The man sat in the chair. He stared blankly ahead with each hand clutched onto the arms of the chair. The blackened soles of his feet were fixed on the dirty wooden floor. It was silent aside from the faint ticking of a clock. The afternoon sun was hidden by the window blinds that had not been opened in weeks. A lamp missing a shade sat on top of a stack of philosophy books beside him. The single light bulb screwed into the lamp brightened up the bedroom and captured his silhouette on the wall. He ran his hand over the heavy stubble on his face and up through his uncombed, gray streaked hair. His fingertips were bleeding and sore from his recently formed nail biting habit, yet he still placed them between his teeth and nervously bit down, wincing before he removed them from his mouth. To lessen the pain, he blew on his fingertips and aggressively shook his hand. He studied his wounded stubs and let out a defeated groan. No longer wanting to wear his stained white t-shirt, he yanked it over his head and tossed it into the corner of the bedroom with the rest of his dirty clothes. He sank down into the chair, leaned his head back and closed his eyes while he took a long drawn out breath. His tight grip on the chair returned. Racing thoughts provoked him to cry out and slam his fists down repeatedly on his lap. He focused on the ticking clock. It calmed him quicker than it did in the past. He opened his eyes, lifted up his head, and took notice of the sunlight's attempt to pierce through the blinds. Taking another deep breath, he reached over to the light and switched it off. The darkness did not comfort him anymore. He staggered to his feet, stepped over to the window and opened the blinds.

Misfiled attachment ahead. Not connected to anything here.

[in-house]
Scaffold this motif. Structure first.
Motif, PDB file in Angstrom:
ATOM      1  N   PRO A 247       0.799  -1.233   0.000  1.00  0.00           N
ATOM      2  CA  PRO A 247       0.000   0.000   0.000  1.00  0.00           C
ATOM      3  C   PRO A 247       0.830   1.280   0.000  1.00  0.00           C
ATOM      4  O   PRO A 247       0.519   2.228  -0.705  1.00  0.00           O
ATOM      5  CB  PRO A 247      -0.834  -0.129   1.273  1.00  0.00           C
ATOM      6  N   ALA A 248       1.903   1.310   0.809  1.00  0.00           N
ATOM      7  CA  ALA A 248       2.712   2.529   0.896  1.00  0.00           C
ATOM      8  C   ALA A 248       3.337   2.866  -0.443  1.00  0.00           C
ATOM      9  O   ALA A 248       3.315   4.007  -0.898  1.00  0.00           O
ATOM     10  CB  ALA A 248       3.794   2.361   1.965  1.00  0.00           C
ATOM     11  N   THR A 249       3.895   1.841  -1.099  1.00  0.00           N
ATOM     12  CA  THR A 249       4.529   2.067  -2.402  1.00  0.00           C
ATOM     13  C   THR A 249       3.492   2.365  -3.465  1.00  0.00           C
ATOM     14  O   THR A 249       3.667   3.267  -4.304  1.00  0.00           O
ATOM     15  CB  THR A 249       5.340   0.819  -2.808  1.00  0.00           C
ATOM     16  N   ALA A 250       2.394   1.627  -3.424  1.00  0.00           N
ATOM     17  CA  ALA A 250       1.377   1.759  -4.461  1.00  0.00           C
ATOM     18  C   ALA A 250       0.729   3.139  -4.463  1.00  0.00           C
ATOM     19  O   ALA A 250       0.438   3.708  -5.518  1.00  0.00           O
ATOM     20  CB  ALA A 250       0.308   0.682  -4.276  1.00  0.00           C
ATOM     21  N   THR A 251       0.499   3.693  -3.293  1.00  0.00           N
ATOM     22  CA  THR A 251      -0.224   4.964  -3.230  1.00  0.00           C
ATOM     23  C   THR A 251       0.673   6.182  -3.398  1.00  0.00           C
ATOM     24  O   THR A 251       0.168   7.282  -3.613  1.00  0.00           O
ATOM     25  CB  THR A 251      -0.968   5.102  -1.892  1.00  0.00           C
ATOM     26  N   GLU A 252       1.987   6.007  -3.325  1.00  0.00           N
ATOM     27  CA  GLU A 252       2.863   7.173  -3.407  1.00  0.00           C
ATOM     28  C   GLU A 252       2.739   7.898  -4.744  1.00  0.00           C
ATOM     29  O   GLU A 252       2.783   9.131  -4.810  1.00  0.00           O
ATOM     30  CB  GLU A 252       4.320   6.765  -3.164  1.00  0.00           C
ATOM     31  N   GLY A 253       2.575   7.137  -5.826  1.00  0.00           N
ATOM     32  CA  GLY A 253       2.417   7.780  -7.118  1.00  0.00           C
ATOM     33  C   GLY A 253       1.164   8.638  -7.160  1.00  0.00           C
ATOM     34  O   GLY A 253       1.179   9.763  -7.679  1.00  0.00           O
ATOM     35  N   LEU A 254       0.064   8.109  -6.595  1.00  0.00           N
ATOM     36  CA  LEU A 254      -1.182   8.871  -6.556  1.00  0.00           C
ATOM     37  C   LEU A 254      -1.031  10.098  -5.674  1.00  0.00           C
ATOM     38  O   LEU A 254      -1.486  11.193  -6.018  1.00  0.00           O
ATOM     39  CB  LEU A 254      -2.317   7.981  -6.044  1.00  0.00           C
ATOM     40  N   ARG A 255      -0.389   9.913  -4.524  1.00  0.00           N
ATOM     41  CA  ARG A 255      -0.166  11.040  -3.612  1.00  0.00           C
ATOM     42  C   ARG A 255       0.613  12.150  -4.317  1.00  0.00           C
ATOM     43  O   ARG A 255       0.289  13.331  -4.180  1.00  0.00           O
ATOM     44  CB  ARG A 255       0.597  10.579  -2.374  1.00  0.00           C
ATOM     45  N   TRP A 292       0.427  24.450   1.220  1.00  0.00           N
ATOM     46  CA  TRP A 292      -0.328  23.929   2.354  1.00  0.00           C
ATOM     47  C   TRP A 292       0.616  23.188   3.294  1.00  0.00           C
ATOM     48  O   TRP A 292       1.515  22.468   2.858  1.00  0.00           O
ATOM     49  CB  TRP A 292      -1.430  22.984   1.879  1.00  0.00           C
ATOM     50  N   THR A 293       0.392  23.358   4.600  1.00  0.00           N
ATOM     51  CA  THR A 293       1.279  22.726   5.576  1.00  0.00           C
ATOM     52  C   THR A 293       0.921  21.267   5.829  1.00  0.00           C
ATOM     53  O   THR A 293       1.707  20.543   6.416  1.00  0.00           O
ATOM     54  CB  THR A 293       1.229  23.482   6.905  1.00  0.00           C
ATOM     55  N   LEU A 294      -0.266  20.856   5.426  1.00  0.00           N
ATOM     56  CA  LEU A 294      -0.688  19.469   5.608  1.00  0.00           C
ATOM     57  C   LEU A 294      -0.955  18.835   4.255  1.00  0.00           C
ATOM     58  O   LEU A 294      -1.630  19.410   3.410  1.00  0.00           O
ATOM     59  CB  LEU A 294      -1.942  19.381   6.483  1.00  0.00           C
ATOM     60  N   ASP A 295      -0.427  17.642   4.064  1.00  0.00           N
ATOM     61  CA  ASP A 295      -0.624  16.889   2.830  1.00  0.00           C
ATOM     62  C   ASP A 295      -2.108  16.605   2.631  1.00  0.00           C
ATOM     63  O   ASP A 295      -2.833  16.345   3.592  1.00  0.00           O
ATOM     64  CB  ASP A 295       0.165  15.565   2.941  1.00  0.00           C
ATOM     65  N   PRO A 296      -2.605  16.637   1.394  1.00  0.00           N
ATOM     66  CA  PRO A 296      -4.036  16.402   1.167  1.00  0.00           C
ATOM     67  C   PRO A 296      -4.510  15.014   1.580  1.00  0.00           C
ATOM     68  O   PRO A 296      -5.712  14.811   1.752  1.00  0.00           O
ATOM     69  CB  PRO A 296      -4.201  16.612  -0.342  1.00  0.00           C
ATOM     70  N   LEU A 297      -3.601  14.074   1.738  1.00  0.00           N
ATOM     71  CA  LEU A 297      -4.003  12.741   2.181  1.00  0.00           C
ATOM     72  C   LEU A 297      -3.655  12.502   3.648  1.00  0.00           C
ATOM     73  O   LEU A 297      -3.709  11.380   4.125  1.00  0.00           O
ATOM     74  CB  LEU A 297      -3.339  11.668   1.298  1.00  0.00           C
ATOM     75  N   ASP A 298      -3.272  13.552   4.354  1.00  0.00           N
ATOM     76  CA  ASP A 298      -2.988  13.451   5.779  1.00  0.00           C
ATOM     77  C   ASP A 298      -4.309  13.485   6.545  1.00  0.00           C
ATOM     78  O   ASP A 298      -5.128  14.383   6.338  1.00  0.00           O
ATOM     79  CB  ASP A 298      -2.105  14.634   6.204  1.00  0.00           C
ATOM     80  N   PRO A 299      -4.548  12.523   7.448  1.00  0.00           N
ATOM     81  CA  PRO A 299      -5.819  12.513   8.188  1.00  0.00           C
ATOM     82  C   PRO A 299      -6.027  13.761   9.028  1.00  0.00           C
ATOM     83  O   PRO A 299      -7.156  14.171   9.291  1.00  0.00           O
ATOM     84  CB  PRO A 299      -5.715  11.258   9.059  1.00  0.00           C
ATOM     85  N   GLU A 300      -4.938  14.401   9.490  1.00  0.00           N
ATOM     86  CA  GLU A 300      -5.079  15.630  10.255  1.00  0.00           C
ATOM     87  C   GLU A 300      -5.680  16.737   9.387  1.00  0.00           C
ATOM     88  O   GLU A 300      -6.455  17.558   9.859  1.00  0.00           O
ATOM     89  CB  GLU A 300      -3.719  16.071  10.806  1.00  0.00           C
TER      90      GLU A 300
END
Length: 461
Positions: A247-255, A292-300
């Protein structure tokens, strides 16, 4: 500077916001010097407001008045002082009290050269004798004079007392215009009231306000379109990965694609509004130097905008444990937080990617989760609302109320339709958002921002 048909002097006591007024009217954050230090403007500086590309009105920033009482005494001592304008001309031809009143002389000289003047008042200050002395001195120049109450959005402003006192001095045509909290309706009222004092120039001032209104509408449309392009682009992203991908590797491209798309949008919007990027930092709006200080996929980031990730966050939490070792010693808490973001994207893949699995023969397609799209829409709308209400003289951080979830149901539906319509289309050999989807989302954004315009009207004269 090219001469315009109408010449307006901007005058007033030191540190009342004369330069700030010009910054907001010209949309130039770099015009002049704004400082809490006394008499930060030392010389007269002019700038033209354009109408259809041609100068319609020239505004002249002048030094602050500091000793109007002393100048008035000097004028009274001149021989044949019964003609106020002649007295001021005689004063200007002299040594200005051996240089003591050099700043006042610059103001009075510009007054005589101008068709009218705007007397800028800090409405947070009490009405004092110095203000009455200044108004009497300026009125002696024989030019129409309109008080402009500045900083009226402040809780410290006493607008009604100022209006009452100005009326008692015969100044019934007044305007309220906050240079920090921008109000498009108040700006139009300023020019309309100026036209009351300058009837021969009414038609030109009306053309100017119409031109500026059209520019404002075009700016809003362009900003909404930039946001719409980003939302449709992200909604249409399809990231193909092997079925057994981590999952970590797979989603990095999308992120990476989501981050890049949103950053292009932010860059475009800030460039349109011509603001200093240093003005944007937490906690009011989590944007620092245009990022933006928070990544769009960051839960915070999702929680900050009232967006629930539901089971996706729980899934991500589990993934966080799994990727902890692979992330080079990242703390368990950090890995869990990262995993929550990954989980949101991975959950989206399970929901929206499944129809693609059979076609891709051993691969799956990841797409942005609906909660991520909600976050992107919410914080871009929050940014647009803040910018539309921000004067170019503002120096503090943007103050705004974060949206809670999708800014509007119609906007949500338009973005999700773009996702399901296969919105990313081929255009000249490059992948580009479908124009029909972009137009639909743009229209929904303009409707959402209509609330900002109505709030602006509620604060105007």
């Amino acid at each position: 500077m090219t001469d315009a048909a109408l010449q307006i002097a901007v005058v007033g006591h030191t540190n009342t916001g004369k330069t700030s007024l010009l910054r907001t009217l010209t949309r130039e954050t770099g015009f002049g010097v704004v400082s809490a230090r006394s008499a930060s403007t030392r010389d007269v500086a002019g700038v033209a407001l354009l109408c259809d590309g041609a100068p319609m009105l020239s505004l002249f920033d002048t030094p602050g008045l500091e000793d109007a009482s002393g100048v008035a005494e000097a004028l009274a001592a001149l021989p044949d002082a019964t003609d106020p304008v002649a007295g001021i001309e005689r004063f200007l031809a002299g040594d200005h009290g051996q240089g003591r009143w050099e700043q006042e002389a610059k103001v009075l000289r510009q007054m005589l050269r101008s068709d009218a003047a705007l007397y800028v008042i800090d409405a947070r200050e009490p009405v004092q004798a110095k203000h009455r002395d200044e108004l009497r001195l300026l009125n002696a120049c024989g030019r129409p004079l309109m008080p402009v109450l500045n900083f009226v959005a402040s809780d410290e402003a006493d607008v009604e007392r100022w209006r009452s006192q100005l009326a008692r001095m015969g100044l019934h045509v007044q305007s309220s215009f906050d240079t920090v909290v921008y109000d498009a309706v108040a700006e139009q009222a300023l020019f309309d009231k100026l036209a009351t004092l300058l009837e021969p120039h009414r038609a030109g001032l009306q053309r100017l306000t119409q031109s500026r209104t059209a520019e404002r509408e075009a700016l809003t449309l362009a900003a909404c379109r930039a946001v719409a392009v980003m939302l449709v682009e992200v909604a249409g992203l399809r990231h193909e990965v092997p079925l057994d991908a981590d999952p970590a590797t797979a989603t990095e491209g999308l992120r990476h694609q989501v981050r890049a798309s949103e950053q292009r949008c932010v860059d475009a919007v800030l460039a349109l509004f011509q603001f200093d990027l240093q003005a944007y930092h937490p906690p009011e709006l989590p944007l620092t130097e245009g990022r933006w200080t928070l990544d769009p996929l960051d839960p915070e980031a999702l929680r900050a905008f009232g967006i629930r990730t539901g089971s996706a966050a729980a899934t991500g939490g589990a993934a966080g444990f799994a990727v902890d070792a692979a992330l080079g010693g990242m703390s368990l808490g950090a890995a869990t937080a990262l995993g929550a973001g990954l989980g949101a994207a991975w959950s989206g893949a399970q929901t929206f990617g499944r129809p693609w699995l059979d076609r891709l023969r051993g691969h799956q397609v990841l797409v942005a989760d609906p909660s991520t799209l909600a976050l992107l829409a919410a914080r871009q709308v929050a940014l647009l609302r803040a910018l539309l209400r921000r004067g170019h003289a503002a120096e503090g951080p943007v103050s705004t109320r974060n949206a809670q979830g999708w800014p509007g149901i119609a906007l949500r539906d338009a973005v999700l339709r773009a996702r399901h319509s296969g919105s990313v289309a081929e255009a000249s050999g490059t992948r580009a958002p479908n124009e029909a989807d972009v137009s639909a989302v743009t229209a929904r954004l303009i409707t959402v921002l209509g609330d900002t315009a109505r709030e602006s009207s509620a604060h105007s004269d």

Janelle Tweed is a writer living in New York.

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